Maggie-Now by Betty Smith – Susan’s Newsletter March 2012

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March 1, 2012 Susan’s Newsletter
Maggie-Now by Betty Smith “That’s all relative” conversation between a mother & young child
 
Good morning!!  March.  Tulips.  (I spend a lot of time imagining!)  Baby on floor in yellow with fat chubby feet sticking out.  Cat pushing on my papers trying to distract me.  Coffee filler with just the right amount of coffee inside.  Tattered used book on my left that I loved…ready to write for you!!!
 
This week I read “just for the fun of it” – Maggie Now by Betty Smith.  This author is best known for A Tree Grows in BrooklynThis is a story about Maggie – daughter of an Irish immigrant…growing up in Brooklyn.  (Maggie-Now nickname coming from being told constantly as a toddler, “Maggie, Now don’t touch that…Maggie, Now stop that”…and then for fun her family began adding “Now” to her name).  Melancholy because of the realities of the poverties in her neighborhood, but enjoyable for her personality and the conversations between characters.  One of my favorite conversations took place between Maggie as a young girl and her mother on the phrase, “that’s all relatative.”
 
The growing years of Maggie-Now were not unhappy ones.  She always had enough to eat, although the food was plain.  She had warm clothes in winter even if they were not beautiful.  She liked her school days although she didn’t like to study.  She loved the Sisters who taught her although they were very strict in their discipline. 
 
She was well adjusted because she knew where she belonged in the social setup of her small world.  She had a friend who had a hair ribbon for every day in the week.  Maggie-Now had but two – one for Sunday, one for weekdays.  On the other hand, another friend was too poor to have any hair ribbon.  Her hair was tied back with a dirty shoestring.  Maggie-Now was sorry she didn’t have seven hair ribbons but she was glad she didn’t have to use a shoestring to tie back her hair.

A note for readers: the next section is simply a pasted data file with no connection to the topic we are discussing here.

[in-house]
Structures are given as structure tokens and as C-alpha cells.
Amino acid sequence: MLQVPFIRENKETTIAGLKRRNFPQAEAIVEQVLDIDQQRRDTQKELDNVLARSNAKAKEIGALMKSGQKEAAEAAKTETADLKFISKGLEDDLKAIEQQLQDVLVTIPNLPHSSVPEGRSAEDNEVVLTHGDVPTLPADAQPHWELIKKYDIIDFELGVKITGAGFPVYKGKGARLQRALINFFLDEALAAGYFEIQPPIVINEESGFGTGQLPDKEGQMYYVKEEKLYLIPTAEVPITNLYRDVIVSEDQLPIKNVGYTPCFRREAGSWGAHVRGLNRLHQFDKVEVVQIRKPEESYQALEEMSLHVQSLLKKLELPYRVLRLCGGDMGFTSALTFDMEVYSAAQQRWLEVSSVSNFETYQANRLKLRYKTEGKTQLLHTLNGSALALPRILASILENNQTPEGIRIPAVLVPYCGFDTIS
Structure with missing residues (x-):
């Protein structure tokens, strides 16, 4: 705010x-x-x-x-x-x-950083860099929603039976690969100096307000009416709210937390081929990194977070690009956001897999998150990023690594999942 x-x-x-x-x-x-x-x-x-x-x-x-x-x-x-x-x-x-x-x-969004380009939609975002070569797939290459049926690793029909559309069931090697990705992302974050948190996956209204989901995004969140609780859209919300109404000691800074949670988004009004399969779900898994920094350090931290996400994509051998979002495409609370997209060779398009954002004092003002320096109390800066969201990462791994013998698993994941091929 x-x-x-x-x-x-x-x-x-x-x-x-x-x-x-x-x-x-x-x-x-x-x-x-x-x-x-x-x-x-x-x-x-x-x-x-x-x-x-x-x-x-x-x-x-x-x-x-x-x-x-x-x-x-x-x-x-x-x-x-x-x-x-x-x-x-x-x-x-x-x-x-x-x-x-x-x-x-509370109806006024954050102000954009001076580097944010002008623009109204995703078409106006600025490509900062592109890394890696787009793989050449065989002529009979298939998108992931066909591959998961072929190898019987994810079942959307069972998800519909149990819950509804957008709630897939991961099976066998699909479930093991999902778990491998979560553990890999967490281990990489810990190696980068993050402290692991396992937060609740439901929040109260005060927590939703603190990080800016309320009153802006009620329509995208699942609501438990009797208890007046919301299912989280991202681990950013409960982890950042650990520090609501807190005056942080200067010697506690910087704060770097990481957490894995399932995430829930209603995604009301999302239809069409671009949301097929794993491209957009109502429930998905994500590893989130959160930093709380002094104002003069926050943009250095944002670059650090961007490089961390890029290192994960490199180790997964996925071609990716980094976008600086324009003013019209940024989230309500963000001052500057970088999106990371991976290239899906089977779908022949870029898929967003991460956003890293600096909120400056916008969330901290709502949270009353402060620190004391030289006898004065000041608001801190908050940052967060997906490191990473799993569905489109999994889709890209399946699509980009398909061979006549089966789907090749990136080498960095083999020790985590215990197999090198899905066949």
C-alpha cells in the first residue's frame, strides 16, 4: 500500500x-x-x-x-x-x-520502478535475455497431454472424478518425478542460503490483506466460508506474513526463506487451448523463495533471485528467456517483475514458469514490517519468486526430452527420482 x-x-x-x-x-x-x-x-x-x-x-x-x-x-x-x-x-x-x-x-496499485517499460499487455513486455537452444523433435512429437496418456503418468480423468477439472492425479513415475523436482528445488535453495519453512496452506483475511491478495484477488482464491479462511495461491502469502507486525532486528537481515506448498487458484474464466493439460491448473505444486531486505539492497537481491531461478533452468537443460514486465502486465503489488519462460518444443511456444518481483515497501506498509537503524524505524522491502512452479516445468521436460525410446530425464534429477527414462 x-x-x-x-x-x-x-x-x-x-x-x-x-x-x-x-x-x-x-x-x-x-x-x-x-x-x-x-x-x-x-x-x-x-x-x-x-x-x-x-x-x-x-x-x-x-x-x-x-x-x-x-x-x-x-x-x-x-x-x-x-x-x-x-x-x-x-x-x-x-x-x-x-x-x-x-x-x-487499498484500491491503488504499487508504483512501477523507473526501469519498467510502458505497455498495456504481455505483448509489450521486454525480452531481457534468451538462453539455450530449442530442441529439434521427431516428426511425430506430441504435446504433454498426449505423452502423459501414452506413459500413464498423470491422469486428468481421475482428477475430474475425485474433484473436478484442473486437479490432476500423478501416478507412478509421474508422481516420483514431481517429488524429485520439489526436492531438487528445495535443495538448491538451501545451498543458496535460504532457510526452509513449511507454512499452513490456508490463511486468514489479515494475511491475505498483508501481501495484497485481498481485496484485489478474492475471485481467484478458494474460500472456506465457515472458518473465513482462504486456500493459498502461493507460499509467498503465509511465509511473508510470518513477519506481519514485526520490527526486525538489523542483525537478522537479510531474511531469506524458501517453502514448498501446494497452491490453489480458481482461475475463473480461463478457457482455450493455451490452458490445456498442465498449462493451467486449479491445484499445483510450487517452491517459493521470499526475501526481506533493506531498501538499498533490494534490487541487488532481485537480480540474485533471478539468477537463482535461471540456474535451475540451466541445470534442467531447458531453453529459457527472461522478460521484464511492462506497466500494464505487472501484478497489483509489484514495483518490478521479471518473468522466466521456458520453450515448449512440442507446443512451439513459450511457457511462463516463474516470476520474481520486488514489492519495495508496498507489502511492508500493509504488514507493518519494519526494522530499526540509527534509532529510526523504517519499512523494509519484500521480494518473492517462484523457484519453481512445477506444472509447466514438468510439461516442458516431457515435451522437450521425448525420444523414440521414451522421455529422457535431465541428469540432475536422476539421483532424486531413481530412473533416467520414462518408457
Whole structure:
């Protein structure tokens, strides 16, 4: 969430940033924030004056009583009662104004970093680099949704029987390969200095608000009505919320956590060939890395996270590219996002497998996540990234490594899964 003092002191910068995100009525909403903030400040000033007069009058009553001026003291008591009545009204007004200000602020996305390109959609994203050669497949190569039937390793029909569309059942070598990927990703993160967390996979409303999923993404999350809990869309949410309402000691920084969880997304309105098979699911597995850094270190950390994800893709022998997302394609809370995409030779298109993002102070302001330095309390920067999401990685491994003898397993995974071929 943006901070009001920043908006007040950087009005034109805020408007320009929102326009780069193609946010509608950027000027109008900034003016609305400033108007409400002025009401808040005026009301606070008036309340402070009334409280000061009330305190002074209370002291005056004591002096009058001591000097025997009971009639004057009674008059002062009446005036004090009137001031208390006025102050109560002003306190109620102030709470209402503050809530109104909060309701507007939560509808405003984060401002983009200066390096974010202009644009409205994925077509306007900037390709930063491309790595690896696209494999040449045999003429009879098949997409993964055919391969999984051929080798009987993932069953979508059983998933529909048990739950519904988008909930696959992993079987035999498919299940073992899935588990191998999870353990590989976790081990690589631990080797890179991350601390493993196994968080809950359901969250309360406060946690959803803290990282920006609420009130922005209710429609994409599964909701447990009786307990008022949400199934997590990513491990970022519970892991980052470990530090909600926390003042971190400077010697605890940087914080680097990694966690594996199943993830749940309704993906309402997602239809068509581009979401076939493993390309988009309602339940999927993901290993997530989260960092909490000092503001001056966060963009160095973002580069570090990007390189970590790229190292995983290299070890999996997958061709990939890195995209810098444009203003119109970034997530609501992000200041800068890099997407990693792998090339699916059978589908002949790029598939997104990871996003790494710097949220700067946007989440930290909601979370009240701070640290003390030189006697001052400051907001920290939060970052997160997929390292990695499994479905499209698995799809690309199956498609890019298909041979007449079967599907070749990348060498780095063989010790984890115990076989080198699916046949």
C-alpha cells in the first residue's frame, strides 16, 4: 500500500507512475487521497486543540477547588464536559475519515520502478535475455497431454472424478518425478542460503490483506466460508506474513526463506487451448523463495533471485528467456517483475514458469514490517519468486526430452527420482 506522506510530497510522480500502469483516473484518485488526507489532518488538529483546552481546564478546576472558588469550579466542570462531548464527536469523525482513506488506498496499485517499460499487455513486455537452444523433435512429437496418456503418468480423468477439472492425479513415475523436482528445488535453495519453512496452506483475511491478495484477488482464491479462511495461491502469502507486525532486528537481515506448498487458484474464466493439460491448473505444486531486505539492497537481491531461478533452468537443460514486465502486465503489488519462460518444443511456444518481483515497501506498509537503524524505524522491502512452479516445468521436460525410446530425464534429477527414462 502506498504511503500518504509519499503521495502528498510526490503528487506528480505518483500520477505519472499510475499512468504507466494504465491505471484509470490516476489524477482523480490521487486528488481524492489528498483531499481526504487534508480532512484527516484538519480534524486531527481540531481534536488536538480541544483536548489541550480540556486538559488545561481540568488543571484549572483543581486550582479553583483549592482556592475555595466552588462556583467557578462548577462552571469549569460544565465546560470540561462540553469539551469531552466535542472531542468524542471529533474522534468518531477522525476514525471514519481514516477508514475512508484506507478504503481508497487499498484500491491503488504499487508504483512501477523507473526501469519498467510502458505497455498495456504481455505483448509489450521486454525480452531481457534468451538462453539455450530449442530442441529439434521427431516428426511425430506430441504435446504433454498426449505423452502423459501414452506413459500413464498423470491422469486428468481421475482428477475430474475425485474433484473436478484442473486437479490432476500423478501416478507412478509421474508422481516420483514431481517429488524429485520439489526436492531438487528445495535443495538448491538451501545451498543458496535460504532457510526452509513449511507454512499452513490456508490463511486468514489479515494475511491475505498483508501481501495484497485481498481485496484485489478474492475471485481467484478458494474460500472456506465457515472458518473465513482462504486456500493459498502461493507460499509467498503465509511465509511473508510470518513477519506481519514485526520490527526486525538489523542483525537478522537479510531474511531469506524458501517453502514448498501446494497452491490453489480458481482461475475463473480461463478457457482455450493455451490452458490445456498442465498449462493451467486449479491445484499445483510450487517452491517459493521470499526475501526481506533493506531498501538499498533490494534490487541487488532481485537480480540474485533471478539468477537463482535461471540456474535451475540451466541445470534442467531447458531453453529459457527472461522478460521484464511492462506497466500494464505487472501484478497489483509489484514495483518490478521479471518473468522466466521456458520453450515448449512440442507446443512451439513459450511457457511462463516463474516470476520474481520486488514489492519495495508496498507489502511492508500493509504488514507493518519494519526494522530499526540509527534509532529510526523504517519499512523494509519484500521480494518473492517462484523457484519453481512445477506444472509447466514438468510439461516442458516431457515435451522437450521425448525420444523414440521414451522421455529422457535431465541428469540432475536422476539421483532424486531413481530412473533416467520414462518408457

As she grew older, she gave some thought to poverty and riches.  Her mother had asked her to read Little Women, explaining that it was a book about four girls who were very poor but happy just the same.  Maggie-Now read the book and took issue with her mother.
 
“How can they be poor,” she asked, “when they can waste hot potatoes to put in their muff.  And I ain’t…haven’t a muffin.  And then they have a servant and their father has money to go away on.”
 
“To some people who are, say, used to three servants, to have only one servant is being poor.  Poverty is relative.”
 
The word “relative” puzzled Maggie-Now.  How could “poor” be a relation, she wondered.  She didn’t probe further into the meaning of  the word because she was anxious to go out to play. The word came up later, in another conversation.
 
“I came from a small town,” Father Flynn was saying.  “Everyone seemed the same.  No one was rich and no one starved.  I had an idea, then, that poor people wore colorful rags and had rosy cheeks and danced all night to the music of a concertina.  Those were my Franois Villon days.  Later, I thought poor people lived in cellars and had lice and lived on hard crusts of bread which they stole from each other.  I was reading the Russian novelists in those days.  Why, I was quite mature before I knew that poverty, like so many other things, was relative.”
 
“That word again, thought Maggie-Now.”
 
The next day she asked her mother: “Why are some people rich and other people poor?”….”I mean like: Florry says we’re poor.  Bea thinks we’re rich.” 
 
“Florry’s father makes much more money than your father.  Naturally, she thinks you’re poorer than she is.  But Beatrice’s mother has to go out scrubbing for a dollar a day.  Of course, she thinks that you, with a father who has a steady job, are richer than she is.”
 
“It’s all relations, then.”
 
“Relations?” asked Mary, puzzled.
 
“Relations.  But different than my Boston cousins are relations.”
 
“Oh, you mean relative.  Yes, like everything else, I suppose it is relative.”
 
“What’s relative?”